Patient Advocacy Officer and Cancer Thriver
I was born and raised in Montreal, Quebec and graduated from Concordia University’s John Molson School of Business with a Bachelor of Commerce and a major in Accounting. After working in an accounting firm and helping with campus recruitment, I learned that I was more people-oriented and switched to a career in human resources focusing on recruitment. For the next decade, I worked in recruitment and really enjoyed meeting so many different people!
I also met the love of my life, Mike, towards the end of my university days and we got married and enjoyed travelling, camping, renovating our home, and adopting senior dogs. We decided to start a family but struggled with infertility for many years. However, after many attempts and losses, we had our miracle child after 2 IVF treatments. She was born in April 2019 and has been the light of my life ever since.
I had a few complications during my pregnancy and hemorrhaged significantly post-birth. I didn’t stop bleeding for 6 months, so I visited my doctor to see what was wrong. Several doctors said everything looked normal via ultrasound and that I was still breastfeeding, so it seemed normal. However, something didn’t feel right and I felt I needed to keep pushing and look for more answers. I needed to advocate for myself. I knew that I had had normal pap smears for the last decade and was generally in good health. However, back in university, I was part of a research study called the HITCH Study which investigated HPV infection and transmission. A few years after graduation, I received a letter from them indicating that I had tested positive for a high risk oncogenic type of HPV and that I would have to get tested regularly with a pap smear as it could lead to cancer one day. I kept the letter from 2011 all these years and I believe this is the reason I have continued to advocate for myself. In a way, this study saved my life. Had I not known about the HPV positive status, I probably would have listened to the doctor and thought everything was normal. After all, I had had over 7 normal pap smears in the last decade!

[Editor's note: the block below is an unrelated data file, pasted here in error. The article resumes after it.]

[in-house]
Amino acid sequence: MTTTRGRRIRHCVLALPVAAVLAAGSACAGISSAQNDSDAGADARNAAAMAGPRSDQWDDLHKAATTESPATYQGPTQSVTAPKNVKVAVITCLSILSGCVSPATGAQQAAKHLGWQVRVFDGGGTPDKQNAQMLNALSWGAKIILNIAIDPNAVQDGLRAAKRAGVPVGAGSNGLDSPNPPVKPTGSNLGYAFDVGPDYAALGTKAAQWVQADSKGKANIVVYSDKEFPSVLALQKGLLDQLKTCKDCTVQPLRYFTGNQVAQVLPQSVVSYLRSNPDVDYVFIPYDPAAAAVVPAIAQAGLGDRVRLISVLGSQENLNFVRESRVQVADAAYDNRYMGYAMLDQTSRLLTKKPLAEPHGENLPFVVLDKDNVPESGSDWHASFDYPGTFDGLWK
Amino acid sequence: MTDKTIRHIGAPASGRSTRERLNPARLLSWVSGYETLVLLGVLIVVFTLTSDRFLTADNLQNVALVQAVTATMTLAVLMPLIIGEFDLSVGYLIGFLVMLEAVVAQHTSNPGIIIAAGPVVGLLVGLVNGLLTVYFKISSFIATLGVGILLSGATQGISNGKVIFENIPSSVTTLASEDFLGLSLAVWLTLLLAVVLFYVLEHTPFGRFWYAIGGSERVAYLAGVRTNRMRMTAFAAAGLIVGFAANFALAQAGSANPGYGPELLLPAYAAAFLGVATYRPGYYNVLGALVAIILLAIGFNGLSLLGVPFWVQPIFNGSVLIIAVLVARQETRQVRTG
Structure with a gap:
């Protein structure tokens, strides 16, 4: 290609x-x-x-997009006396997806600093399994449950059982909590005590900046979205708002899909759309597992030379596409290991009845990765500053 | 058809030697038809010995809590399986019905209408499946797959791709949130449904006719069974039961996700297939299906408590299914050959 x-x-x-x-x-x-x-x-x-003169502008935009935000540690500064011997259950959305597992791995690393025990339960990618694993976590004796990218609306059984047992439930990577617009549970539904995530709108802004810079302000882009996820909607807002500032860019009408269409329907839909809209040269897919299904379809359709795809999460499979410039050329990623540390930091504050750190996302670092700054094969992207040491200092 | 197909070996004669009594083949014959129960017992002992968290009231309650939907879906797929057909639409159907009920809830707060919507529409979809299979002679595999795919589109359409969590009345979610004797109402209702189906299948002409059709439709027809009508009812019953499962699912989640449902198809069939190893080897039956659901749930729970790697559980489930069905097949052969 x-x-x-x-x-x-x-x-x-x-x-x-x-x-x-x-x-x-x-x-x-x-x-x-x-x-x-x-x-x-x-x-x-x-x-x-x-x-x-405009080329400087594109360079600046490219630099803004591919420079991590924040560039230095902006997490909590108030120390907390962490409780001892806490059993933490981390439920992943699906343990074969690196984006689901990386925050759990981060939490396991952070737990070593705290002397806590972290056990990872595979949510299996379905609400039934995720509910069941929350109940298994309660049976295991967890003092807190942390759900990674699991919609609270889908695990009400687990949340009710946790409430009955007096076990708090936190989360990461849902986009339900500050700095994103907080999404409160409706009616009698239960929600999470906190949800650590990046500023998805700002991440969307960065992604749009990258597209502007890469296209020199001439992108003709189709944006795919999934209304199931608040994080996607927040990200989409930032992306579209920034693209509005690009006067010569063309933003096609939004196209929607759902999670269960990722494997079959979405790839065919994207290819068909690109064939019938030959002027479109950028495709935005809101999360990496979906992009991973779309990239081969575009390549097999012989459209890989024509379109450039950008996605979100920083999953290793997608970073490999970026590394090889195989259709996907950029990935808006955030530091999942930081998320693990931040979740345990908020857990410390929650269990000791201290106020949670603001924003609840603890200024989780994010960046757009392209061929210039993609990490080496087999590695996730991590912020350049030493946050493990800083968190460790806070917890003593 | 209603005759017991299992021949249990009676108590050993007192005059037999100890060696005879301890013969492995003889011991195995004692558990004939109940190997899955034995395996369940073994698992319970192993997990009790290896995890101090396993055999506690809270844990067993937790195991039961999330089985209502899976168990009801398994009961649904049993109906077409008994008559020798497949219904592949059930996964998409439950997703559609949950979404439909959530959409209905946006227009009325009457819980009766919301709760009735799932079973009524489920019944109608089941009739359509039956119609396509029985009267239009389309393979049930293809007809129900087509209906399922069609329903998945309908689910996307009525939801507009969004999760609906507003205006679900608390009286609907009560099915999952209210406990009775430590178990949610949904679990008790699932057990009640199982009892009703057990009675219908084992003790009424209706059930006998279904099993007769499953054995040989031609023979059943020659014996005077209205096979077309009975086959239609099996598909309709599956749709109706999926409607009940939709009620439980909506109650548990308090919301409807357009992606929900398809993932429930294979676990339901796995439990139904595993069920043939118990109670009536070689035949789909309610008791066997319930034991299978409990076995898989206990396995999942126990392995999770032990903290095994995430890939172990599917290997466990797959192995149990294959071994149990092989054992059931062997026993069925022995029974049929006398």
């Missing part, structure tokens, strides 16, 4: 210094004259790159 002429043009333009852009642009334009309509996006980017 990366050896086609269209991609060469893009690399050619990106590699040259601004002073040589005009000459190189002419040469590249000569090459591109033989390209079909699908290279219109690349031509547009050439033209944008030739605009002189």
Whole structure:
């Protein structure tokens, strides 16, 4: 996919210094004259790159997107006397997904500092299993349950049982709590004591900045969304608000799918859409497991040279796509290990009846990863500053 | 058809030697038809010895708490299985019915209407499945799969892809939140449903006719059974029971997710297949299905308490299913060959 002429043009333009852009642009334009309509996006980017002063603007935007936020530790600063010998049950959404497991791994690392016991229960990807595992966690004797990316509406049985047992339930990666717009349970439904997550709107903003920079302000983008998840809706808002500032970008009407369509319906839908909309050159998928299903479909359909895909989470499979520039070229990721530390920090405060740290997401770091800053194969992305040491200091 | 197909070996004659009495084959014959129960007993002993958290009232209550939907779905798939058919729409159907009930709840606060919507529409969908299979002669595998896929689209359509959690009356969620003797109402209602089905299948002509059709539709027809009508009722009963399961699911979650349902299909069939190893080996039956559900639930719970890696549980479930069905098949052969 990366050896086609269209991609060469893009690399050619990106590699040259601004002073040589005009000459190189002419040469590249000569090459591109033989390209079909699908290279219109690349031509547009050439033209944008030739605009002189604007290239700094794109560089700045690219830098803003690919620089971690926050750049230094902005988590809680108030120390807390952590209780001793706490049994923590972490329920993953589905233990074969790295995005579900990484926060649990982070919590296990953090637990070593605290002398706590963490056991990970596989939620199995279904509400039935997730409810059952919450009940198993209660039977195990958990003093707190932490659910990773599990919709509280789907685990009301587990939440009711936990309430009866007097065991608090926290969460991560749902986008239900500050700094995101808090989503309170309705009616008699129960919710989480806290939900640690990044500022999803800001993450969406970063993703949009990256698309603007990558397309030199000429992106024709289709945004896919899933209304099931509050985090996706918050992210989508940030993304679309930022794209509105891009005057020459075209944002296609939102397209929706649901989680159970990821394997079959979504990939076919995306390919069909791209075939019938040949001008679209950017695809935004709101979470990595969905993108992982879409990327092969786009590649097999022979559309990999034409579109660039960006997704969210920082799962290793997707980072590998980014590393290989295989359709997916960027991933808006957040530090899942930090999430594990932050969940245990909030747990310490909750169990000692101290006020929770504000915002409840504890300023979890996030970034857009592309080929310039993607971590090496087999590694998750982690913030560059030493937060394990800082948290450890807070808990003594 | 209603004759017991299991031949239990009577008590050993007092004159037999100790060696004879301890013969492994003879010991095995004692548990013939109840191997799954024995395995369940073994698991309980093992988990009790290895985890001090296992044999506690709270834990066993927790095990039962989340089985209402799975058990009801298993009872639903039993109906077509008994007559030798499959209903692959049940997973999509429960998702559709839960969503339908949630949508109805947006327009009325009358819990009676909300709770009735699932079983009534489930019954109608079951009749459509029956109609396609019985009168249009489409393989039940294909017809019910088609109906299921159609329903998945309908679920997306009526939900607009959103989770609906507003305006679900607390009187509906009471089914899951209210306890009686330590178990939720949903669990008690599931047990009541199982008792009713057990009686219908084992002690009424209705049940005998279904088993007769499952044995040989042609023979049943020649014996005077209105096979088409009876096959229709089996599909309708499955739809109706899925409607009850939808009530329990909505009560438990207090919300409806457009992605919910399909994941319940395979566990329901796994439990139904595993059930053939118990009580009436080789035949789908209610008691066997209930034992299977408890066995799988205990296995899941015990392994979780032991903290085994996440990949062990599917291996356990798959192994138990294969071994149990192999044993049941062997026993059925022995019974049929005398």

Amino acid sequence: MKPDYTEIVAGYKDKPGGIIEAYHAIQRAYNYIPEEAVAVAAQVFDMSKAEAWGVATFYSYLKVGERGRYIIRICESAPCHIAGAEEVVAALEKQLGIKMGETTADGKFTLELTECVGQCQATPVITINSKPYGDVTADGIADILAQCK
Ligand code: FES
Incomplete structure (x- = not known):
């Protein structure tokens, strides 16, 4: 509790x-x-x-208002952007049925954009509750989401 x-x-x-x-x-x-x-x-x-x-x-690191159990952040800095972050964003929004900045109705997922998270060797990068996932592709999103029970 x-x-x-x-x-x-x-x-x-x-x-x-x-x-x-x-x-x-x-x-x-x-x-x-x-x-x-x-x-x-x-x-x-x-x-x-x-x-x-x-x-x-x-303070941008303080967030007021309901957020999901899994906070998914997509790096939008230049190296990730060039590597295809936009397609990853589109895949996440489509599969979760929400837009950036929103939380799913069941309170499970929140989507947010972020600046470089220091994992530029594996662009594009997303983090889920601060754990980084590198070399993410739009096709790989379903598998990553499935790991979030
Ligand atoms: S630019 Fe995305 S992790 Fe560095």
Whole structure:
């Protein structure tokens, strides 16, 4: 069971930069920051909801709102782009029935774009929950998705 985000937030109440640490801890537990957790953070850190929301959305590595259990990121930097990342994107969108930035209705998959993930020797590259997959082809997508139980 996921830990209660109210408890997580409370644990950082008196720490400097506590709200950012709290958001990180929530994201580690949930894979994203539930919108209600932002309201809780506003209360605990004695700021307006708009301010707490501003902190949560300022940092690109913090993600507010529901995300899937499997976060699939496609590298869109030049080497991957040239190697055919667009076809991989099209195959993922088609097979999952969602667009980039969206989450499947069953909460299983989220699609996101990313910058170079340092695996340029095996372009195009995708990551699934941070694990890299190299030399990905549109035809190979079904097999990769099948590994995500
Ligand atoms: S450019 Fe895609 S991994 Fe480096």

And so, I kept pushing for more answers and visited 4 more doctors. One of them thankfully saw me first thing Saturday morning on Labour Day weekend. She recommended I get a colposcopy. I finally got one at the end of November and the initial diagnosis was precancerous cells. Thankfully, the doctor trusted her gut and called me in right away and urgently suggested I do a LEEP procedure to get more accurate results. Less than a week later on Friday, December 13th, the biopsy confirmed that it was adenocarcinoma of the cervix. I was then transferred to an oncologist who diagnosed me at Stage 2B. I would go on to do chemo and radiation as well as brachytherapy in February and March of 2020, just before Covid hit.
As I write this, I am less than a week away from my “2 years since date of diagnosis” milestone. It has been quite the rollercoaster ride. Being a first-time mom with a toddler at home, recovering from cancer treatments and a worldwide pandemic has had its challenges, both mentally and physically. But I told myself when I first got diagnosed that I would work hard to spread awareness about HPV and cervical cancer prevention/screening tools and share my story. Joining HPV Global Action will do just that!